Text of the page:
×

Cannes Film Review: ‘Heli’

An accomplished but singularly unpleasant immersion in Mexico's vicious cycle of drug-fueled violence

With:
Armando Espitia, Andrea Vergara, Linda Gonzalez, Juan Eduardo Palacios.

“Open your eyes so you don’t miss the show,” instructs one character midway through “Heli,” shortly before a kidnapped man is beaten with an oversized paddle and stripped to the ankles, his genitals doused in alcohol and set merrily ablaze. Indeed, it’s no coincidence that the title (and title character) invokes a certain place of eternal damnation in this nihilistic third feature by Carlos Reygadas acolyte Amat Escalante, who plunges us deep into Mexico’s vicious cycle of drug-fueled violence, with no end — or much of a discernable point — in sight. Destined to traumatize buyers and audiences in roughly equal measure, this accomplished but singularly unpleasant pic lends this year’s Cannes competition its first authentic whiff of scandal.

Surely the most explicit, realistically violent film to premiere on Cannes’ main stage since Brillante Mendoza’s controversial “Kinatay” (which ended up winning the fest’s directing prize in 2009), “Heli” opens on the telling image of a bound-and-gagged man having his face pressed into the bed of a pickup truck by an unseen assailant’s boot. When the truck pulls over, another body is unloaded, carried to the top of a freeway overpass and hung by the neck for all to see. Pic then loops back to explain who these men are and how they got here.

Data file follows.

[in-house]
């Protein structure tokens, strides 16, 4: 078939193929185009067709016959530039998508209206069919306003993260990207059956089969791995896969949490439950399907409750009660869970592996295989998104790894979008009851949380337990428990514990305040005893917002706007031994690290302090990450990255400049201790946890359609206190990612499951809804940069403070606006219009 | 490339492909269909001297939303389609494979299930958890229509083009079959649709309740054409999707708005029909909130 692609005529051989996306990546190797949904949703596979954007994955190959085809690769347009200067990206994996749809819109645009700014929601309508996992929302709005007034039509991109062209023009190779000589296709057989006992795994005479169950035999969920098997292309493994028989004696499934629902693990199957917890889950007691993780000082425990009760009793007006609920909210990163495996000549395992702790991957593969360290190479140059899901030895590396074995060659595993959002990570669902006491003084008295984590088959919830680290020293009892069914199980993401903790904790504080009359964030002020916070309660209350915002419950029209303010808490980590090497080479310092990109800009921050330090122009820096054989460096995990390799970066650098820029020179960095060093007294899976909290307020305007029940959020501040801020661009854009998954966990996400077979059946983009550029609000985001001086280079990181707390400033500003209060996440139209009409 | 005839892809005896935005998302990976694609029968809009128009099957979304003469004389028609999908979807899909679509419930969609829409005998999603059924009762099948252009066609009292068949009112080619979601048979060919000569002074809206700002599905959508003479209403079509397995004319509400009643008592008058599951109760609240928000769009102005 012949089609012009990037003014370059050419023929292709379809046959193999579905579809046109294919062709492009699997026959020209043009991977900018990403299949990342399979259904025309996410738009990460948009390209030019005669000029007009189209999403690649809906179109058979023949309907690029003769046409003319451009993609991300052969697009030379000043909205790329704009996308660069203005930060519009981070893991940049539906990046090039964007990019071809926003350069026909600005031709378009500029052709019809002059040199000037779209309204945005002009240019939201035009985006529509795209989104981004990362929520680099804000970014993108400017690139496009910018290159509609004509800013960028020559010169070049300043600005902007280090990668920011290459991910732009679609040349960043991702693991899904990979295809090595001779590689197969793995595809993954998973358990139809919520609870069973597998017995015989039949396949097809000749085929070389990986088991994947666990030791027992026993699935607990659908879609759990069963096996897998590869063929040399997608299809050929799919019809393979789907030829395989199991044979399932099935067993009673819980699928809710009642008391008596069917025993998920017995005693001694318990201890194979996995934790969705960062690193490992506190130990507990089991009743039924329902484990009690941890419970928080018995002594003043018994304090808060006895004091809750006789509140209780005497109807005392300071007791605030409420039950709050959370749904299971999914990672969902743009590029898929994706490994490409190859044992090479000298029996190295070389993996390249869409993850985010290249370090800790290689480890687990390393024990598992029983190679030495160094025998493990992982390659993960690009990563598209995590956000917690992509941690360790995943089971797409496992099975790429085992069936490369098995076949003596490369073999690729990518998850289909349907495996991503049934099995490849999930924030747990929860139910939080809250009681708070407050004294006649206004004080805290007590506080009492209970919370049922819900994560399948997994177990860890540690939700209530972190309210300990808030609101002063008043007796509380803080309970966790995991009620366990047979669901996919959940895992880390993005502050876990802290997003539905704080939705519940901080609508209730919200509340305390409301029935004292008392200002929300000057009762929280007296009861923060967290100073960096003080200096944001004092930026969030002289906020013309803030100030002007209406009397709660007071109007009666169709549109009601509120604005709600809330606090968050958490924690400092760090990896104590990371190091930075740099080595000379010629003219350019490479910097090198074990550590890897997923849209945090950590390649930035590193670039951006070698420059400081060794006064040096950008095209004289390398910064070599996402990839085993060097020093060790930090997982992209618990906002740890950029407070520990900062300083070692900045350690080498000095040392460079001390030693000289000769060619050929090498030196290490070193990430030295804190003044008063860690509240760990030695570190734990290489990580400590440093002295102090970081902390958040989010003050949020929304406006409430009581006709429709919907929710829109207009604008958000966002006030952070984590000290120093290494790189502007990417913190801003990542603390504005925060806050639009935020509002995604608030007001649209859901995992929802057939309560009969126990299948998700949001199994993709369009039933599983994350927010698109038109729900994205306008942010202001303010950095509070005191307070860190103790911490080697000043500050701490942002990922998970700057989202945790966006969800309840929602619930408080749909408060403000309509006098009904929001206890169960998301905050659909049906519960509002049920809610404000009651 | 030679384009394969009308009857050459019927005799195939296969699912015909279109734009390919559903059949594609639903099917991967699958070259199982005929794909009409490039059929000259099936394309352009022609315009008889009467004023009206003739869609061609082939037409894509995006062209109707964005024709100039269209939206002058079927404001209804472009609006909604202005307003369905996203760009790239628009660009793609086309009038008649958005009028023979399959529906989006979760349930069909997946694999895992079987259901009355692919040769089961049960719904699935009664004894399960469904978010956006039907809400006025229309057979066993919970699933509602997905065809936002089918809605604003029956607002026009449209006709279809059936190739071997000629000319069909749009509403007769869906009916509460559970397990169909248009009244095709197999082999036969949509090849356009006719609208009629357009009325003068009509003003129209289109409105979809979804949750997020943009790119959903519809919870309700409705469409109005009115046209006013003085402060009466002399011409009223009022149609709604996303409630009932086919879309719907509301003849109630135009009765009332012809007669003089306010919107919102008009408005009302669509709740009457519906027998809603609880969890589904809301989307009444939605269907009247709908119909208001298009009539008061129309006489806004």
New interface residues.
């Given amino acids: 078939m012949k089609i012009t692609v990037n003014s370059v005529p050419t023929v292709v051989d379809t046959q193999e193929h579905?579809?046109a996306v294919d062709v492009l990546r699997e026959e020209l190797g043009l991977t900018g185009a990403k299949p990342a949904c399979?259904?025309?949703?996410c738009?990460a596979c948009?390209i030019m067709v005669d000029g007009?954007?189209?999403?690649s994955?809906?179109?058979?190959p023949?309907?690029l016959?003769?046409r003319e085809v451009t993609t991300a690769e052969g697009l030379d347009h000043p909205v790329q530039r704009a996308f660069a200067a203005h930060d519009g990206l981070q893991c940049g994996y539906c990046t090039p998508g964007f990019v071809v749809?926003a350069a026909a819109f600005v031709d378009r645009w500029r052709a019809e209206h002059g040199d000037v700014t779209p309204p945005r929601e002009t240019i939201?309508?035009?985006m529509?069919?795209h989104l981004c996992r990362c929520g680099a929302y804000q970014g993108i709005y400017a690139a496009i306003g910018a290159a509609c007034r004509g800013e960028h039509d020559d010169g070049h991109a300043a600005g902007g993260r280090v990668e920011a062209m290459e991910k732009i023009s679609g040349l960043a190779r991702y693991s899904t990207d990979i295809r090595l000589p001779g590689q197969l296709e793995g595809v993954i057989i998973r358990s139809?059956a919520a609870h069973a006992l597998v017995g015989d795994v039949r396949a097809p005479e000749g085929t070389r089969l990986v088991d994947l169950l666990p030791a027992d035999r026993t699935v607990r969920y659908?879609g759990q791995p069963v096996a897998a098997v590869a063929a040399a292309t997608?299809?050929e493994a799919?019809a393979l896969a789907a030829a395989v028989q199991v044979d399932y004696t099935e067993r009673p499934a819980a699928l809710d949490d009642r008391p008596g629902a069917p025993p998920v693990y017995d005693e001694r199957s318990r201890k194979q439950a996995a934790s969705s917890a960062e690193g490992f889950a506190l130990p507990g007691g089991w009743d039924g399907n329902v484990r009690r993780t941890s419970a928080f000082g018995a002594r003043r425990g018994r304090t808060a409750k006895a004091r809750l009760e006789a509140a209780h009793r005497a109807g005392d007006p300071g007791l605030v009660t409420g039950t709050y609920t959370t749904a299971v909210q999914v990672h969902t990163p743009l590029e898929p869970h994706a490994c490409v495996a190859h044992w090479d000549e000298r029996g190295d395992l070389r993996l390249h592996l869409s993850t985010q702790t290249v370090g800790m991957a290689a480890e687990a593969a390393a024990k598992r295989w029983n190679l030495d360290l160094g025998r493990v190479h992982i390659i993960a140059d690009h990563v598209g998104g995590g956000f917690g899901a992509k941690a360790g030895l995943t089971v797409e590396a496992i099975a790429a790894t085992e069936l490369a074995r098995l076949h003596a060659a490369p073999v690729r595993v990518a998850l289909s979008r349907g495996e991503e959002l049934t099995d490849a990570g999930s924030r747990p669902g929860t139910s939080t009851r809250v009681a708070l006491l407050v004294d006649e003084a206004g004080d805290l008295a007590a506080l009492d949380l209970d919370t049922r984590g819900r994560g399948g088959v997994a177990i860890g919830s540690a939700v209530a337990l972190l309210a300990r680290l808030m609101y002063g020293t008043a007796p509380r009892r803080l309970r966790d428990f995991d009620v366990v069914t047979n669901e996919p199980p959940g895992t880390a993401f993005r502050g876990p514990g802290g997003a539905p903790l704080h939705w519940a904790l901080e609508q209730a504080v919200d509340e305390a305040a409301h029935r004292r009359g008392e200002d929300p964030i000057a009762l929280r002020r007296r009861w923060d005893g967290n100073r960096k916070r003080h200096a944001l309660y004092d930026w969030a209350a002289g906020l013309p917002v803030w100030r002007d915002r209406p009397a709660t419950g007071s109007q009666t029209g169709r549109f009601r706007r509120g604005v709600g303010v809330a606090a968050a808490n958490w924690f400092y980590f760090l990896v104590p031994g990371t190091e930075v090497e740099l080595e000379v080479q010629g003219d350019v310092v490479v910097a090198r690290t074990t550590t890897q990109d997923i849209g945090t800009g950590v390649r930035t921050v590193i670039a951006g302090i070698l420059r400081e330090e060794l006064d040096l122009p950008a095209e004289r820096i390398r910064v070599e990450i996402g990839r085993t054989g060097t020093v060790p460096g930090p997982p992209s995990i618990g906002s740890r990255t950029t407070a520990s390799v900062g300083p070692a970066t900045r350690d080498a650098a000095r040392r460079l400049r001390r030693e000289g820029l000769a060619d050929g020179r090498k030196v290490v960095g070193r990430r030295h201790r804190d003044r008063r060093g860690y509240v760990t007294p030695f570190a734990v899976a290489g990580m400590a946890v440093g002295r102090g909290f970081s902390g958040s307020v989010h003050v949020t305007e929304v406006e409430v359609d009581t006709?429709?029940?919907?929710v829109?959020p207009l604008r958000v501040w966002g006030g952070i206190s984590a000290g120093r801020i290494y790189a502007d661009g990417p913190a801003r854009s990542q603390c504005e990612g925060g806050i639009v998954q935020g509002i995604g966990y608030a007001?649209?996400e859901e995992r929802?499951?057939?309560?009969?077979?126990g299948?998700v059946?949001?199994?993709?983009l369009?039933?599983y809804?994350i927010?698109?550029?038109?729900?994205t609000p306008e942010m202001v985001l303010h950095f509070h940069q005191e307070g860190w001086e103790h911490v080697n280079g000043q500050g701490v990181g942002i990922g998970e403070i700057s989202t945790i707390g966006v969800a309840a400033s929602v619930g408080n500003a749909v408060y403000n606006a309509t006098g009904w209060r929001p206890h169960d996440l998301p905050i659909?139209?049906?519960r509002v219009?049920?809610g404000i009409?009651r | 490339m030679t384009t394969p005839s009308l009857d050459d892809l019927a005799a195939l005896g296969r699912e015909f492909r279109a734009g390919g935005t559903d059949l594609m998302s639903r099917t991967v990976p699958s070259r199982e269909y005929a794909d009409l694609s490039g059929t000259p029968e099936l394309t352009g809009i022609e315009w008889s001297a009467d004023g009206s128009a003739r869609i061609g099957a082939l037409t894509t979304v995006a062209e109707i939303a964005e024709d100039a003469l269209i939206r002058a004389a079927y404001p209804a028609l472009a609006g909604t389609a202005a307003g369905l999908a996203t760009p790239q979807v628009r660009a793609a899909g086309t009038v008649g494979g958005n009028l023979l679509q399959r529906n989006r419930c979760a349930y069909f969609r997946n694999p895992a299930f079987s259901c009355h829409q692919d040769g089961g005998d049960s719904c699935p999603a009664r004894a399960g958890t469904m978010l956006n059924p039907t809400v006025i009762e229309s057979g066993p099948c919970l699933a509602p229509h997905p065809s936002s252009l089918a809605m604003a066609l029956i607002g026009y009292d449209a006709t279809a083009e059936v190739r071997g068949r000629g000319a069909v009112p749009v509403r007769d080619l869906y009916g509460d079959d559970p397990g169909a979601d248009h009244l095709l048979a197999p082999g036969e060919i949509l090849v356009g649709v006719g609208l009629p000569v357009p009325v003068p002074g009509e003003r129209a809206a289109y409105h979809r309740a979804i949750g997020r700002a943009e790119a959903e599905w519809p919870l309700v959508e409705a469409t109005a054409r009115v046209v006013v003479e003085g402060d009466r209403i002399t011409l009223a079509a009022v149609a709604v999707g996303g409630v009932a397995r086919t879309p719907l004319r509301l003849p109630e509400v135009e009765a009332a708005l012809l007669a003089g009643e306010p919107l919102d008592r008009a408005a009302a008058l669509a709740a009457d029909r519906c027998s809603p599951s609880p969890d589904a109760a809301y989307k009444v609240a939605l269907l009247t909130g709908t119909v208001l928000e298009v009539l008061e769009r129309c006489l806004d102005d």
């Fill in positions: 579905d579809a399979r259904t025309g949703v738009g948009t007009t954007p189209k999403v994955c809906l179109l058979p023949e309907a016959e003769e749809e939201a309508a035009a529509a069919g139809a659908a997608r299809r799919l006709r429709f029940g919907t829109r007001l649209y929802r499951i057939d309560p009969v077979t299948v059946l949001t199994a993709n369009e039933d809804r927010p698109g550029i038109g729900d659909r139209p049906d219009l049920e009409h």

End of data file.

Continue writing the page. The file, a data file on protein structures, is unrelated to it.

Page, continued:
One of them is Heli (the very good Armando Espitia), an auto factory worker in an unnamed Mexican desert region modeled on Guanajuato, who lives a modest existence with his wife (Linda Gonzalez), infant son, father and 12-year-old sister, Estela (Andrea Vergara). Coursing with pubescent desire, Estela has begun seeing the older Beto (Juan Eduardo Palacios), an army cadet who impresses her with his macho brio (one indelible image has him curling Estela like a human barbell). But back at boot camp, Beto himself is subjected to such emasculating hazing rituals as being forced to writhe about in his own vomit — yet more indication that “Heli” intends to leave little to the imagination.

Pic’s escalating chain of carnage is set off by Beto’s theft of two sizable packages of cocaine in an ill-conceived bid to finance his and Estela’s elopement. When Heli discovers the drugs stashed in a water tank, he quickly disposes of them — a decision that buys him little mercy from the crooked cops who soon come calling. This leads directly to the pic’s charnel-house centerpiece, a squirm-inducing but undeniably striking sequence that juxtaposes its real-time torture against dead-eyed teens playing videogames, gazing indiscriminately from real to virtual bloodletting and back again.

In moments like that, plus a later encounter between Heli and a policewoman with a most unusual bedside manner, Escalante hits on a kind of absurd tragicomedy that captures the plight of his characters more effectively than the pic’s de facto mode of sledgehammer miserablism, including several unsettling acts of animal cruelty. While there can be no faulting the filmmaker’s sincerity in wanting to cinematically render the chaos wrought on his country by poverty and the drug wars, much of what “Heli” has to say feels either obvious and/or exhausted by a raft of other recent narrative and documentary features on similar subjects (including Gerardo Naranjo’s acclaimed “Miss Bala” and the Sundance hit “Narco Cultura”). Even Escalante’s own two previous Cannes-premiered features, “Sangre” and “Los bastardos,” proffered similar portraits of violent despair on both sides of the border, adding to the feeling that this clearly talented helmer has gone to this particular well one too many times.

Cannes Film Review: 'Heli'

Reviewed at Cannes Film Festival (competing), May 15, 2013. Running time: 105 MIN.